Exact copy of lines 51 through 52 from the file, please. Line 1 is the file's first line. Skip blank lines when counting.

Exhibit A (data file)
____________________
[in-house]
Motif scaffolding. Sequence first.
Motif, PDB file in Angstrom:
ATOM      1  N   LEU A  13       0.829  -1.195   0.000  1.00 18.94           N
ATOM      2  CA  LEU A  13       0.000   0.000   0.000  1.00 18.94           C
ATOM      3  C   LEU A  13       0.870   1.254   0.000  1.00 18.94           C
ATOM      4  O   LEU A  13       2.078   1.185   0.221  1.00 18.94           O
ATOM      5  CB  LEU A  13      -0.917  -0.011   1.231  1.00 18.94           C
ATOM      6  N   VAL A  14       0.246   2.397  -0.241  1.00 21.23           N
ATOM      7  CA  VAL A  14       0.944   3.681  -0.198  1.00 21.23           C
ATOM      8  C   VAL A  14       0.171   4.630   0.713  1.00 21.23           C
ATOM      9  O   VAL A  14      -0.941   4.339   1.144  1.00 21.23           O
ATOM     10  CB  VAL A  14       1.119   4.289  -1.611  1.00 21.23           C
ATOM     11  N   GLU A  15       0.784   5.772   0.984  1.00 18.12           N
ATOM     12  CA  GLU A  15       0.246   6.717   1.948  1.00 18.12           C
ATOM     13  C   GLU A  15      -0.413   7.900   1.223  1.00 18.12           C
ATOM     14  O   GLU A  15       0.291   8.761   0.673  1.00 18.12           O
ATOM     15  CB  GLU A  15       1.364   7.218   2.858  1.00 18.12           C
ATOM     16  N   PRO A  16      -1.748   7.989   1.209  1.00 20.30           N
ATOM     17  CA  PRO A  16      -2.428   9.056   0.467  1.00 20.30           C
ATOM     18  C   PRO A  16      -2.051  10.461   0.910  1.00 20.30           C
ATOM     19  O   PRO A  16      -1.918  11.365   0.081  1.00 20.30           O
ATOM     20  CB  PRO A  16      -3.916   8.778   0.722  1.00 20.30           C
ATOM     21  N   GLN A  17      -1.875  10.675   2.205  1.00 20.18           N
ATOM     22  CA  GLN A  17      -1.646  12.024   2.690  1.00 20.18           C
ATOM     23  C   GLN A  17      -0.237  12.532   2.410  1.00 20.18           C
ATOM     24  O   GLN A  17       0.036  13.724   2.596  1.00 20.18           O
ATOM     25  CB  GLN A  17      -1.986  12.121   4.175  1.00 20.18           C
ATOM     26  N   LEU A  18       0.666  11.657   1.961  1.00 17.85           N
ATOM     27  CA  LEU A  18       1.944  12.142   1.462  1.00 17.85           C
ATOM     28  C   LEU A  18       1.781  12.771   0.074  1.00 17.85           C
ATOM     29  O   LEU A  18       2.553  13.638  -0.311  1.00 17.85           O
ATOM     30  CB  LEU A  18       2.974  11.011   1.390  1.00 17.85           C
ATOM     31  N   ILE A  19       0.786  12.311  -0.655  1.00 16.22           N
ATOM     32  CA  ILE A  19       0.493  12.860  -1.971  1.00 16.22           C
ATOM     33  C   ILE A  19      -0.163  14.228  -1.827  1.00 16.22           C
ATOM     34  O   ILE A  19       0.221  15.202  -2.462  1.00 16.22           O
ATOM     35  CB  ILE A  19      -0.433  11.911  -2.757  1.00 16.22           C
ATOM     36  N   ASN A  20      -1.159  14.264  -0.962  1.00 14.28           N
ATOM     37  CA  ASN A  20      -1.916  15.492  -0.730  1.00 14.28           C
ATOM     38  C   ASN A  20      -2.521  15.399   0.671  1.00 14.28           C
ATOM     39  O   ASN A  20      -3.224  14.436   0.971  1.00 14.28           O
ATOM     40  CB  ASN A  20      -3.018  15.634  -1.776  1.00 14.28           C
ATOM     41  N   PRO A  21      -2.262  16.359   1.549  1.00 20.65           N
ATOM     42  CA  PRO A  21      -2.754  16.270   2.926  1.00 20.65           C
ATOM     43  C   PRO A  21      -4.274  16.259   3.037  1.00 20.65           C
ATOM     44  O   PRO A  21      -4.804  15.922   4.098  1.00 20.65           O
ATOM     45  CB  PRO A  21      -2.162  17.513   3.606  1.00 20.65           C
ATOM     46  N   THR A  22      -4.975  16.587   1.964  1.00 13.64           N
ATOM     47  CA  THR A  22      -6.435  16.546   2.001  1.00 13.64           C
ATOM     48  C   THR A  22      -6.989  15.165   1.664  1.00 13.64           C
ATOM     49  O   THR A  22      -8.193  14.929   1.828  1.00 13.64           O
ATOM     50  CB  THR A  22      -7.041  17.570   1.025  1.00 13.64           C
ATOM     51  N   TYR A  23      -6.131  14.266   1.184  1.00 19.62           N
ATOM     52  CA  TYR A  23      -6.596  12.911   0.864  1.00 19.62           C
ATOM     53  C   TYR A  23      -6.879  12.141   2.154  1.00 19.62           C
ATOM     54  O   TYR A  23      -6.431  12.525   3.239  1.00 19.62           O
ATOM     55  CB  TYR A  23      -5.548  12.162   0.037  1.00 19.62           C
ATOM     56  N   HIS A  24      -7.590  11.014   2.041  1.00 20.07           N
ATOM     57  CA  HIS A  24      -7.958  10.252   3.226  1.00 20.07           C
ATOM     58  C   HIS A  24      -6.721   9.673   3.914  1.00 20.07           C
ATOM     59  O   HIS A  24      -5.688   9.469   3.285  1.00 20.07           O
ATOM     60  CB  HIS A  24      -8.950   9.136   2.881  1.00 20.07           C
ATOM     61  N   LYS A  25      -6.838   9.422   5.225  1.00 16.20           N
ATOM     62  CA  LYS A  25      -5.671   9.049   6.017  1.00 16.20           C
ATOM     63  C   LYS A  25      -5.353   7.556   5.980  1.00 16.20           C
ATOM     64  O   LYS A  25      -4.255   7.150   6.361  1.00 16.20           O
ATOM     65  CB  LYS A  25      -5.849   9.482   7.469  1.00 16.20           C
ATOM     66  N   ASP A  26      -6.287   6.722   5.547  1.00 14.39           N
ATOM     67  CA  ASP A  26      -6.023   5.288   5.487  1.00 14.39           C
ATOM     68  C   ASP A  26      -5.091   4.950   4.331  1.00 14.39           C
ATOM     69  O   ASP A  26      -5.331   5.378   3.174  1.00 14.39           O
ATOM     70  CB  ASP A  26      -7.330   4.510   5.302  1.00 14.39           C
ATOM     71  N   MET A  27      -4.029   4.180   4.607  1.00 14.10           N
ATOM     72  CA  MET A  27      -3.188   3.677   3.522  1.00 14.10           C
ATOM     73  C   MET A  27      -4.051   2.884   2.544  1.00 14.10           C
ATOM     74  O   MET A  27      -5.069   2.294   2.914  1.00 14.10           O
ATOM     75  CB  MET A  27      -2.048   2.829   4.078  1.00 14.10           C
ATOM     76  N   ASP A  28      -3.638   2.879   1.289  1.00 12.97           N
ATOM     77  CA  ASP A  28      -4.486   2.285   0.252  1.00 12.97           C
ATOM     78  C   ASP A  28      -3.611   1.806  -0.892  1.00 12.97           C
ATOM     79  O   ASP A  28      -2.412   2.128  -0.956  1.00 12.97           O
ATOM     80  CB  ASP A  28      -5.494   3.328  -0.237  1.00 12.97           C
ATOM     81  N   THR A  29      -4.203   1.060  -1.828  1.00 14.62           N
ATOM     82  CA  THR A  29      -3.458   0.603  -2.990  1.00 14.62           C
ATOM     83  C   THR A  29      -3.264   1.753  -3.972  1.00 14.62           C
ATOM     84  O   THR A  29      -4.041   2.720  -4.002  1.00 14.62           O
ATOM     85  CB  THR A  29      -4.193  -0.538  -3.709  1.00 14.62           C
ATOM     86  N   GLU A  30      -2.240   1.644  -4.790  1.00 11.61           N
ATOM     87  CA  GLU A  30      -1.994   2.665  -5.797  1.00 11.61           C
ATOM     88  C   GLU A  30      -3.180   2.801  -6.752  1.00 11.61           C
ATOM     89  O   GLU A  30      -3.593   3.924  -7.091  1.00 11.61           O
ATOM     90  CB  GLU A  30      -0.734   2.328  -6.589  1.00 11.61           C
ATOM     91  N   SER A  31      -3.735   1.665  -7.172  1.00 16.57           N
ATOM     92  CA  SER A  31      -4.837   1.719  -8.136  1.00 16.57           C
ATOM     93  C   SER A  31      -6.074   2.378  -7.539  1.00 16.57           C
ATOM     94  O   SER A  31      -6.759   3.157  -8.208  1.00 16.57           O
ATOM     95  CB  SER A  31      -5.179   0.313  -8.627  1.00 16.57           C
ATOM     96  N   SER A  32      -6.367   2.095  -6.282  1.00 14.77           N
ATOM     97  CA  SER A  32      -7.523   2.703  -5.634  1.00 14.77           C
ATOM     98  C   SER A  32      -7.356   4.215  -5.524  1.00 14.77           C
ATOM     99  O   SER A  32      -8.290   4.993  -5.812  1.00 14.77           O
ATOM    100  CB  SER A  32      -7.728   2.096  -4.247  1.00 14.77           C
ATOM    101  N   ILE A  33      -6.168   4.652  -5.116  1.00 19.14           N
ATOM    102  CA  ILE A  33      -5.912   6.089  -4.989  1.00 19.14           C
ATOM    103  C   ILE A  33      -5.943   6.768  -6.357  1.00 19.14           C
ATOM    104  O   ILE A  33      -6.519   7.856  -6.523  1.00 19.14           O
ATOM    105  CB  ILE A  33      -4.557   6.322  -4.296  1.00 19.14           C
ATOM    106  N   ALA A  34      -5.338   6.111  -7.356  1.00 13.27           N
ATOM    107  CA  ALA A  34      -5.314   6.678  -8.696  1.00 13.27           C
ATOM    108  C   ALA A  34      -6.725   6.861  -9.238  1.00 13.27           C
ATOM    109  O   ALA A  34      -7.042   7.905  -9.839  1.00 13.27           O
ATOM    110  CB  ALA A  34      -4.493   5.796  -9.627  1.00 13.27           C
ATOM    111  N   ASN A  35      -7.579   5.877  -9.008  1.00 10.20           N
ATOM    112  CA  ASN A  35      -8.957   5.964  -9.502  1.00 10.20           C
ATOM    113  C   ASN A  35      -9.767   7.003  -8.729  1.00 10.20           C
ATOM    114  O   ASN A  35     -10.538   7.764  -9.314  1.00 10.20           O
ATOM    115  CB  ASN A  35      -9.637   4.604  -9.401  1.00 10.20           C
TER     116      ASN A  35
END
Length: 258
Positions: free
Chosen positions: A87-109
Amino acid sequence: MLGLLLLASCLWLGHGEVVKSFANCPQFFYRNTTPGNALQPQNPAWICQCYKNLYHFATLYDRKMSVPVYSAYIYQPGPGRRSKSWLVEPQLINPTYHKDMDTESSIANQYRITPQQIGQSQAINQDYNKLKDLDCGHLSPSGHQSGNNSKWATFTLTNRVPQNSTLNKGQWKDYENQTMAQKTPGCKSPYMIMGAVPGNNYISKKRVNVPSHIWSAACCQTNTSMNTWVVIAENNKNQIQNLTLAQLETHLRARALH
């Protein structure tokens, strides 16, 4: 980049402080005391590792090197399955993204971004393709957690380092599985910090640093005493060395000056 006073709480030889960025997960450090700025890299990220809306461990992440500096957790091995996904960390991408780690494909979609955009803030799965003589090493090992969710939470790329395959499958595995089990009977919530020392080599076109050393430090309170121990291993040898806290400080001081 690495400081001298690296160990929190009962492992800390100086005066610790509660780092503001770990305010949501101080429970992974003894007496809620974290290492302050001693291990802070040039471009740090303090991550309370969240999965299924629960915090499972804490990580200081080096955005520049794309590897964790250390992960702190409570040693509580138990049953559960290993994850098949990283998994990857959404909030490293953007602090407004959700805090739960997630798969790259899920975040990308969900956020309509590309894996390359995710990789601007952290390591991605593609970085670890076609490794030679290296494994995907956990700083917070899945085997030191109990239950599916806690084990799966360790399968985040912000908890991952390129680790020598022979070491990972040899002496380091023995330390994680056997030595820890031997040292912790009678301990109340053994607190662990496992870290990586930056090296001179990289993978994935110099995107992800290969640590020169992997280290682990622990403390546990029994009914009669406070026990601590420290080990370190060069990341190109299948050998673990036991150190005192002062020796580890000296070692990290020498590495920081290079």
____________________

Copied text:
ATOM     48  C   THR A  22      -6.989  15.165   1.664  1.00 13.64           C
ATOM     49  O   THR A  22      -8.193  14.929   1.828  1.00 13.64           O